Hassan et al. [20] performed a study to analyze the early results of a new device measuring ocular biomechanics after corneal refractive surgery. They examined 78 eyes of 39 refractive surgery patients (mean age: 32.6±9.9 years). The day after the procedure, the radius values showed significant differences compared with the preoperative data. One month after surgery, radius values, velocity of the second applanation, and pachymetric values showed statistically significant differences compared with the preoperative data. They observed significant differences in intraocular pressure, maximum amplitude at the apex, A1 time, A2 velocity, and HC time. One month after surgery, there were no differences in specific parameters compared with the preoperative data except in pachymetry.


  Conclusion Top


Implantation of ICRS in eyes with keratoconus improved visual acuity and changed significantly the corneal biomechanical parameters measured by CORVIS ST. CBI, A1, and A2 were significantly decreased with no changes in A1 or A2 times. ICRS implantation was considered safe as the complications were almost nil.

Financial support and sponsorship

Nil.

Conflicts of interest

There are no conflicts of interest.



 
  References Top

1.
Lee LR, Hirst LW, Readshaw G. Clinical detection of unilateral keratoconus. Aust N Z J Ophthalmol 1995; 23:129–133.  Back to cited text no. 1
    
2.
Jaimes M, Ramirez-Miranda A, Graue-Hernández EO, Navas A. Keratoconus therapeutics advances. World J Ophthalmol 2013; 3:001.  Back to cited text no. 2
    
3.
Orehek A, Shovlin J, DePaolis M. Anterior segment disease and contact lenses. In: Hom M, Bruce A, (eds.) Manual of contact lens prescribing and fitting. (3rd ed) Missouri, USA: PN Elsevier, Butterworth-Heinemann 2006. 23–67  Back to cited text no. 3
    
4.
Kymionis GD, Diakonis VF, Kalyvianaki M, Portaliou D, Siganos C, Kozobolis VP et al. One-year follow-up of corneal confocal microscopy after corneal cross-linking in patients with post laser in situ keratosmileusis ectasia and keratoconus. Am J Ophthalmol 2009; 147:774–778.  Back to cited text no. 4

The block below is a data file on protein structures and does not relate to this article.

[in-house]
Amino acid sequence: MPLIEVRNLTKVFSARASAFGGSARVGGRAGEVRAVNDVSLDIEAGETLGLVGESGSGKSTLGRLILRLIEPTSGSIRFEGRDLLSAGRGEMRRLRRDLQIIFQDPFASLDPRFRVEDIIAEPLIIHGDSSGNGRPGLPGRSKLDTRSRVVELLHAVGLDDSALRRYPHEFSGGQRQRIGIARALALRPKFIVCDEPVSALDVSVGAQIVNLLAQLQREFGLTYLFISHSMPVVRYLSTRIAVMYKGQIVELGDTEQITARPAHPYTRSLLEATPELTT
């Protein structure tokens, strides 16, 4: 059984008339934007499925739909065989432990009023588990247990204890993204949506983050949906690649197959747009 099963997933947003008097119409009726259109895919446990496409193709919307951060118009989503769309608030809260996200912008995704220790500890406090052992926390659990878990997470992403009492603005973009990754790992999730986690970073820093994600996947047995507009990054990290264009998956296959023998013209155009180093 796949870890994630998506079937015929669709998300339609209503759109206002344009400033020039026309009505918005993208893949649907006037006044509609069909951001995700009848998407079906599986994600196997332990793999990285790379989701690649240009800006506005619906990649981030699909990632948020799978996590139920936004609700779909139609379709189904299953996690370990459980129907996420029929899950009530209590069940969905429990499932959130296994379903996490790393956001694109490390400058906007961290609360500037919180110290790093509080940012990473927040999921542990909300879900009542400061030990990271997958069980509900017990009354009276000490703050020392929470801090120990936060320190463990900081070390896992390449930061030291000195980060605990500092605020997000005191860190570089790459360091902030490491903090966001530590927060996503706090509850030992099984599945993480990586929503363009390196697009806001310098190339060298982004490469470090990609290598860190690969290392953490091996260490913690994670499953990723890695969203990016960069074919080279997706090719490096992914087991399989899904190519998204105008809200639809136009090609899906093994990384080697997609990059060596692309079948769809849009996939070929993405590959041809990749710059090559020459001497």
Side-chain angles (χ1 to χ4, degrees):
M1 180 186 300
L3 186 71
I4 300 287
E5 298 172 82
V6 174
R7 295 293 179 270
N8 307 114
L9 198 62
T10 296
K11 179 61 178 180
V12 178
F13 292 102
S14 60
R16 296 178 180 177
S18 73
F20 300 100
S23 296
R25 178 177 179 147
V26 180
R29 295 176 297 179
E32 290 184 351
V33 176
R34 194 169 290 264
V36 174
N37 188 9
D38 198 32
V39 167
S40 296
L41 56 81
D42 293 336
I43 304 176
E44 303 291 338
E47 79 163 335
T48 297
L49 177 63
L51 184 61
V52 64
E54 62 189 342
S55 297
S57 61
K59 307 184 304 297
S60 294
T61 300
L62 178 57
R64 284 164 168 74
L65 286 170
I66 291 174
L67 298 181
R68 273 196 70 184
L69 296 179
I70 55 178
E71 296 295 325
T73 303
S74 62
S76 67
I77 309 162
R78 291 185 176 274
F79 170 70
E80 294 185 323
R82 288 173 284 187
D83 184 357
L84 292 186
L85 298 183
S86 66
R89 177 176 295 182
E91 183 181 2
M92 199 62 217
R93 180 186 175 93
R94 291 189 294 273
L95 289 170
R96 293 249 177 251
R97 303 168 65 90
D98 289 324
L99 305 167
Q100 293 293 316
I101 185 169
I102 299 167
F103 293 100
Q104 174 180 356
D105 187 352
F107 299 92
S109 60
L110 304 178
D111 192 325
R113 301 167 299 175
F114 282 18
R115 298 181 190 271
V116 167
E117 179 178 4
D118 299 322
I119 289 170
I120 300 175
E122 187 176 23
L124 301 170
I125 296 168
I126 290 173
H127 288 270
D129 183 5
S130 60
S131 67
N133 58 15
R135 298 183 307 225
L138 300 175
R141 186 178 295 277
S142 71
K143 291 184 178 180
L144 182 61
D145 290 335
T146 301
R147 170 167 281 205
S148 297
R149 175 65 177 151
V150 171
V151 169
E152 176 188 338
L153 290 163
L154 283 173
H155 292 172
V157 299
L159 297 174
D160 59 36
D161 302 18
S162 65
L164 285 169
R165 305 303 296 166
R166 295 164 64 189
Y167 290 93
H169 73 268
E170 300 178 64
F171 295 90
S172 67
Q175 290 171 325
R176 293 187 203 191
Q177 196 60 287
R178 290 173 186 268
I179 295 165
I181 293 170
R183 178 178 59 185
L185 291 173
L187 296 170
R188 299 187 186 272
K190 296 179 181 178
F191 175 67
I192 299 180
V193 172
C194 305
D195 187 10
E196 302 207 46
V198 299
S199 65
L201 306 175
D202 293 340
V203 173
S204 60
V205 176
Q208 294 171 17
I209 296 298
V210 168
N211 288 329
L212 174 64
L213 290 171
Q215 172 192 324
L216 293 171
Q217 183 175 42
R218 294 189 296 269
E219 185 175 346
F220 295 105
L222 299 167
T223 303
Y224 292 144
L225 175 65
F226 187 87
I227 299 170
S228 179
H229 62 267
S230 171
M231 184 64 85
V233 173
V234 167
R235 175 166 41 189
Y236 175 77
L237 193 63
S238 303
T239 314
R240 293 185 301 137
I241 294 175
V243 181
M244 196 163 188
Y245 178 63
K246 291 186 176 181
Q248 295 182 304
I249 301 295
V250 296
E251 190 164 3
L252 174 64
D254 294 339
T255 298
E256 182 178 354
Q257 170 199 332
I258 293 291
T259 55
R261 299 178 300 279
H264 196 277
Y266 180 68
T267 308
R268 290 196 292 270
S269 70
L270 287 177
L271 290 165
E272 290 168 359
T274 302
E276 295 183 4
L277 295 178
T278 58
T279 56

5.
Goldich Y, Marcovich AL, Barkana Y, Avni I, Zadok D. Safety of corneal collagen cross-linking with UV-A and riboflavin in progressive keratoconus. Cornea 2010; 29:409–411.  Back to cited text no. 5
    
6.
Piñero DP, Alio JL. Intracorneal ring segments in ectatic corneal disease − a review. Clin Exp Ophthalmol 2010; 38:154–167.  Back to cited text no. 6
    
7.
Ertan A, Colin J. Intracorneal rings for keratoconus and keratectasia. J Cataract Refract Surg 2007; 33:1303–1314.  Back to cited text no. 7
    
8.
Franco S, Lira M. Biomechanical properties of the cornea measured by the ocular response analyzer and their association with intraocular pressure and the central corneal curvature. Clin Exp Optometry 2009; 92:469–475.  Back to cited text no. 8
    
9.
Shah S, Laiquzzaman M, Bhojwani R, Mantry S, Cunliffe I. Assessment of the biomechanical properties of the cornea with the ocular response analyzer in normal and keratoconic eyes. Invest Ophthalmol Vis Sci 2007; 48:3026–3031.  Back to cited text no. 9
    
10.
Wang W, He M, He H, Zhang C, Jin H, Zhong X. Corneal biomechanical metrics of healthy Chinese adults using Corvis ST. Contact Lens Anterior Eye 2017; 40:97–103.  Back to cited text no. 10
    
11.
Tejwani S, Shetty R, Kurien M, Dinakaran S, Ghosh A, Roy AS. Biomechanics of the cornea evaluated by spectral analysis of waveforms from ocular response analyzer and Corvis-ST. PLoS One 2014; 9:e97591.  Back to cited text no. 11
    
12.